Only 3% of public sector workers report that they work mainly from home, compared with 17%...read more
HR expert Anna Ives outlines why flexible working can be good for both parents – and grandparents.
Being an HR/ flexible working expert, you would expect me to work my magic on all my family and friends, right? Helping them all achieve a better work life balance – Well you could say that…
Currently my mum and my husband work flexibly. My mum does compressed hours, (full time over four days, which gives her one day at home to look after my kids), my husband works a nine-day fortnight, working slightly longer days over nine days and on the 10th day (i.e. the end of two working weeks) he has a day off. Once his friends got wind of this, they made successful applications too.
There are so many different patterns when it comes to flexible working and you need to do something that works for you. I would always advise having a good think about what would work for you, what do you want? What childcare options are there for you, then think about how it would work for work – it’s important to be flexible within your flexible working pattern. Then you can look at what pattern would fit in with this, and what flexibility looks like to you.
But if you would like some idea of different working patterns here are some of the most popular ones:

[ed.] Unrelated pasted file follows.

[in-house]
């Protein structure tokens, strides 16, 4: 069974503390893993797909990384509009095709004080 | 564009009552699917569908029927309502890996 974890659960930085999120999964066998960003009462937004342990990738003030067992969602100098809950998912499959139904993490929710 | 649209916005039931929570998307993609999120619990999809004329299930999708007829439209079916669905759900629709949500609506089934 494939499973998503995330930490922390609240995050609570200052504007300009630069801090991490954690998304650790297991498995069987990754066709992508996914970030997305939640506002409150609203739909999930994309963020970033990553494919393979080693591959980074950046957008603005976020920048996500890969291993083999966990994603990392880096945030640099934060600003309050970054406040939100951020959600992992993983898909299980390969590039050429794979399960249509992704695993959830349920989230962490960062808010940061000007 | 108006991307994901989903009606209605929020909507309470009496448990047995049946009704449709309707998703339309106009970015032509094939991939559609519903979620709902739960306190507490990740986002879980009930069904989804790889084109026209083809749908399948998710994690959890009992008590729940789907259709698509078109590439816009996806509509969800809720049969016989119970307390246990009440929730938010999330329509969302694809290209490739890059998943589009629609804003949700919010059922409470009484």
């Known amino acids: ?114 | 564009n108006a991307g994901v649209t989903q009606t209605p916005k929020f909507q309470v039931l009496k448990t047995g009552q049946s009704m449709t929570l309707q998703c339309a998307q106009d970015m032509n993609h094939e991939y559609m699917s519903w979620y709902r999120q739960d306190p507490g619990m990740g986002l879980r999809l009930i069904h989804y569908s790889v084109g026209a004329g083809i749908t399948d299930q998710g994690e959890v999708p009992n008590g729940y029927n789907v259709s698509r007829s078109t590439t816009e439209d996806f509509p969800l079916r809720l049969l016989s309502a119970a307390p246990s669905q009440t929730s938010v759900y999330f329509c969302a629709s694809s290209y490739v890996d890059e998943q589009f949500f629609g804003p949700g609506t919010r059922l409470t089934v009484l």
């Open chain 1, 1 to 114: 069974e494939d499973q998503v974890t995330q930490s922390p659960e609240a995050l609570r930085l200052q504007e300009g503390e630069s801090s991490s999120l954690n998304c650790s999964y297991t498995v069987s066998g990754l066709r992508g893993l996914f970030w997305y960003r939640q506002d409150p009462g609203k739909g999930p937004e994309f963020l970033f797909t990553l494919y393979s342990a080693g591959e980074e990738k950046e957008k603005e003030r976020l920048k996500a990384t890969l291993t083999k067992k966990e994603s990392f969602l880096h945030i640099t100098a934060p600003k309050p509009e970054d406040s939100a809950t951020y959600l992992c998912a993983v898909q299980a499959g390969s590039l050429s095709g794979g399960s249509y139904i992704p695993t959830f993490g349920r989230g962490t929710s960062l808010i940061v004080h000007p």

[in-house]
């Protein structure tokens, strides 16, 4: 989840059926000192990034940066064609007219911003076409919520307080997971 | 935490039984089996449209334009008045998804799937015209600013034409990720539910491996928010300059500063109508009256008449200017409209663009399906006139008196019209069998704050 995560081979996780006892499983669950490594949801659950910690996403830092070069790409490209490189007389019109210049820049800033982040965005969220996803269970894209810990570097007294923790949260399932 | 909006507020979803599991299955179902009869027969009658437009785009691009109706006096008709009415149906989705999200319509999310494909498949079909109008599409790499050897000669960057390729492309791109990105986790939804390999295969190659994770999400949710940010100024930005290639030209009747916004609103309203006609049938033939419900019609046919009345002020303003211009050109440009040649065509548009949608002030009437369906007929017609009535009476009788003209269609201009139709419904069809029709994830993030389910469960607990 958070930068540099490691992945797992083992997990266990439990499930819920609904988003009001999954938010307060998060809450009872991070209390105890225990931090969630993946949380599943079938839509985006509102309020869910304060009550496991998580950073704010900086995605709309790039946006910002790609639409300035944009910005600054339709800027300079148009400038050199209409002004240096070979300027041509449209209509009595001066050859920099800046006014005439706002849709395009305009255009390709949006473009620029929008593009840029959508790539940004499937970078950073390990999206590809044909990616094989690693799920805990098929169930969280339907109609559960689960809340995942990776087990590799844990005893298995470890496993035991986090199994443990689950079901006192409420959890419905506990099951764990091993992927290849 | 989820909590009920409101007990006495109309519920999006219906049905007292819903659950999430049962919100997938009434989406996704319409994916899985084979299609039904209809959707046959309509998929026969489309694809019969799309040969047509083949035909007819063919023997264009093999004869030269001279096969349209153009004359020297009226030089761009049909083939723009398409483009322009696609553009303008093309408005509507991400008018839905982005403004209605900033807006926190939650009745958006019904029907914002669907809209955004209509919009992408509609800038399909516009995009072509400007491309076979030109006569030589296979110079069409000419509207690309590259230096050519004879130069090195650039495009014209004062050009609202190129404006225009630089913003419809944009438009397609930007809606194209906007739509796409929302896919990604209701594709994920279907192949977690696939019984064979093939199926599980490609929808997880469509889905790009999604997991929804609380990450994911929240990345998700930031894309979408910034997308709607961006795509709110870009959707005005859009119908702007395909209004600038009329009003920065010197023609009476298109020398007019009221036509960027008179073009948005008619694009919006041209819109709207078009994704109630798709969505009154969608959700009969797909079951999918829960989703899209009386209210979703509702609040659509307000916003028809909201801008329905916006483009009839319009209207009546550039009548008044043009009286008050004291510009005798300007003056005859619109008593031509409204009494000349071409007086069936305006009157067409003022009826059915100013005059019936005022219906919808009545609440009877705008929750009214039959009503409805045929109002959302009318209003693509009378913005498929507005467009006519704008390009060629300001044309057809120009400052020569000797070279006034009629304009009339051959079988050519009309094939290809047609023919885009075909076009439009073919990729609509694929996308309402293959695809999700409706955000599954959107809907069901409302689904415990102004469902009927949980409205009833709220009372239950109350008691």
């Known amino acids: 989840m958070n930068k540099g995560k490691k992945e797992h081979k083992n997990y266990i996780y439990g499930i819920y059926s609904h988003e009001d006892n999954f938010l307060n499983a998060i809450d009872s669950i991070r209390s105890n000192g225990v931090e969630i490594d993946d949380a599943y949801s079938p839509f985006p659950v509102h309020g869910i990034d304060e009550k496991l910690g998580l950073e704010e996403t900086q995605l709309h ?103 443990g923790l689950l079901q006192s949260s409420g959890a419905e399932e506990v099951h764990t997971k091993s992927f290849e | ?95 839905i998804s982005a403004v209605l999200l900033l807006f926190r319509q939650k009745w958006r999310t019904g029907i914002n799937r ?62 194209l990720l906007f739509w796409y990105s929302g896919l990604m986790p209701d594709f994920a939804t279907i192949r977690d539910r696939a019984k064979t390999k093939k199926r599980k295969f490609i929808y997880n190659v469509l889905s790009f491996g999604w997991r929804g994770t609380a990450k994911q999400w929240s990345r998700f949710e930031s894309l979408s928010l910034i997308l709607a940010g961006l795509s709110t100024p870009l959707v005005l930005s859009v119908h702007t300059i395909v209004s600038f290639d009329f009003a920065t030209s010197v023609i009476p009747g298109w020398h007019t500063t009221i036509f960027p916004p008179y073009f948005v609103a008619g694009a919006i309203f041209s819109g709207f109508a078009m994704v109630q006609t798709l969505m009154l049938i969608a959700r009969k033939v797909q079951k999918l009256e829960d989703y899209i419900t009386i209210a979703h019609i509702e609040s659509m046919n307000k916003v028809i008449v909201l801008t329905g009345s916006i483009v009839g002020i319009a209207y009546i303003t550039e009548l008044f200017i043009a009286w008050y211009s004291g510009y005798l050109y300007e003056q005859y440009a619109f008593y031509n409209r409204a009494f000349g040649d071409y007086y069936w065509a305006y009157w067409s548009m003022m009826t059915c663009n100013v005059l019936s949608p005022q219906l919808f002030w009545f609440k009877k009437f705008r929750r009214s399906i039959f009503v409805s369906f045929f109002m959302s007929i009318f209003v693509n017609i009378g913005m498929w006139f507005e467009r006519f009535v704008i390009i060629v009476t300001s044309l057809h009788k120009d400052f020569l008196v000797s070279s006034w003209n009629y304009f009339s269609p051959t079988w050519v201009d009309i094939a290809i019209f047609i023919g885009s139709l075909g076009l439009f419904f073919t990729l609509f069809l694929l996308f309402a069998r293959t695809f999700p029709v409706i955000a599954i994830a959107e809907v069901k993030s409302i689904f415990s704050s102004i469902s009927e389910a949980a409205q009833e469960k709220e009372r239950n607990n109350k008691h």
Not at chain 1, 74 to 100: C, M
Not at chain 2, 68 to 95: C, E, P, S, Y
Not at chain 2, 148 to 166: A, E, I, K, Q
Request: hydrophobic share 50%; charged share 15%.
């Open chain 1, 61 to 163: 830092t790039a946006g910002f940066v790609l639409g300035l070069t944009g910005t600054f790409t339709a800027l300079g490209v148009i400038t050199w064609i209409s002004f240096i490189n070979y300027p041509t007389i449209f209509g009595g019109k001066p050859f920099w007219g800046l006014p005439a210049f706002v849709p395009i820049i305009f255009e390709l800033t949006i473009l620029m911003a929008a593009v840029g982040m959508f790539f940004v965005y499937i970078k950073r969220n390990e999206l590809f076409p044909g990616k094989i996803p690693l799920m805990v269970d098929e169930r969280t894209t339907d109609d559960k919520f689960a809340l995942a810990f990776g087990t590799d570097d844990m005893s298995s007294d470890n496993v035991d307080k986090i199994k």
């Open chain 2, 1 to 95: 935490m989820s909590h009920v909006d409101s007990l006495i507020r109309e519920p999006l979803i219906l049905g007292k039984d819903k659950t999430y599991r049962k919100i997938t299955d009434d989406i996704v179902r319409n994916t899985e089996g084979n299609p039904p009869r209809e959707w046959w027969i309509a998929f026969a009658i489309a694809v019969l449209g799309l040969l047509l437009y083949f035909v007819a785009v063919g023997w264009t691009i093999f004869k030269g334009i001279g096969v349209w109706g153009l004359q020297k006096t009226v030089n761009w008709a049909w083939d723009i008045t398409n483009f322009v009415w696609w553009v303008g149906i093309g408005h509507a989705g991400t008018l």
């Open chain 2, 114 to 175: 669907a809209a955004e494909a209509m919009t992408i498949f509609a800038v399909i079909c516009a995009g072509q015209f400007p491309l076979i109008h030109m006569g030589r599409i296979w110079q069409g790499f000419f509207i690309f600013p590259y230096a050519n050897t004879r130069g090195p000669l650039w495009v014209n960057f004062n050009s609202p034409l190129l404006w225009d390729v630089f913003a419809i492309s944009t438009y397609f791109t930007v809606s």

So what are the benefits of your partner or husband doing some flexible working? Well, the standard legal options for men to have time off to spend with your new arrival are poor (to say the least)
So, who wouldn’t want the opportunity to apply for flexible working to be able to spend some more time at home while you children are small? (Although, remember anyone can apply for flexible working, you don’t have to have children).
If your partner works flexibly you have a little extra support and your partner gets to see your child when they would usually be at work or travelling to work. There are different ways of making it work, some without reducing any pay (although you might have to work longer days like my husband) or it can be as small as working from home one day a week and saving time on that lengthy commute.
Then when/if you return back to work, your partner can spend some more one to one time just him and your child, or if he is working from home, can help out with the daily logistics of getting everyone out of (or back to) the house. Or they can go back to their previous working pattern.
It is a simple as that. So why not give it a go? Think about how it could work for you both, then either get them to have an informal chat with work/their manager or fill out a flexible working application. It’s really important that, whether informally agreed with your manager or through the formal application process, you must inform HR and have your contract amended accordingly – otherwise you could be in breach of contract.
If it’s not for you, or you’re thinking that will never work at my partner’s work – give it a go anyway. You never know where it will lead. Or it might just work out like it did for us. My husband had every other Friday off during my second maternity leave, which we spent as a family and now I’m back at work he alternates the Friday with my mother in law, saving a days’ worth of childcare fees and allowing me to work every Friday.
If you would like support writing your flexible working application or if it goes wrong and you need to appeal please email anna@HR-Puzzle.com.